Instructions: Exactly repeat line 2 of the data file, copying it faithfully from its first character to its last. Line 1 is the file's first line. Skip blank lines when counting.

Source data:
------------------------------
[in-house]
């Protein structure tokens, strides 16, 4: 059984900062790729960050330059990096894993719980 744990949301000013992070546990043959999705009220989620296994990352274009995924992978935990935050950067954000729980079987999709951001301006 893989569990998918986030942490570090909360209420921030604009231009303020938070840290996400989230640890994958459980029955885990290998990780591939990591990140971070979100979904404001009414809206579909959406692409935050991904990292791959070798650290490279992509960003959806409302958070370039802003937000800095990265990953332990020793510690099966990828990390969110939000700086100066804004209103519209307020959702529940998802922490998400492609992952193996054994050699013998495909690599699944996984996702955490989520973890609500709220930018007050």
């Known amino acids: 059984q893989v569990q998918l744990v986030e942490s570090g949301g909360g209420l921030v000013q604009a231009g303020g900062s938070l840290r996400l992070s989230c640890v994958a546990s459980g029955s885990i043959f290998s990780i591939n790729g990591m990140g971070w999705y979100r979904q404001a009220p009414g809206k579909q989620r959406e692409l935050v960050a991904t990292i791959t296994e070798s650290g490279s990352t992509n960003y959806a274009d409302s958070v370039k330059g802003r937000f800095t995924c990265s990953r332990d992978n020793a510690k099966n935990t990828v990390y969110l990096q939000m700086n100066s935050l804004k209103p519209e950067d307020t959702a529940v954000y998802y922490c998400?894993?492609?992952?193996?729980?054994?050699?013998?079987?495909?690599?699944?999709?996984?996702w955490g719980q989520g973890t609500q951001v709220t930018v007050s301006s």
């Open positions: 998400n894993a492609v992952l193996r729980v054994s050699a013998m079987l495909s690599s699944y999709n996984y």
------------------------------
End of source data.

């Protein structure tokens, strides 16, 4: 059984900062790729960050330059990096894993719980 744990949301000013992070546990043959999705009220989620296994990352274009995924992978935990935050950067954000729980079987999709951001301006 893989569990998918986030942490570090909360209420921030604009231009303020938070840290996400989230640890994958459980029955885990290998990780591939990591990140971070979100979904404001009414809206579909959406692409935050991904990292791959070798650290490279992509960003959806409302958070370039802003937000800095990265990953332990020793510690099966990828990390969110939000700086100066804004209103519209307020959702529940998802922490998400492609992952193996054994050699013998495909690599699944996984996702955490989520973890609500709220930018007050």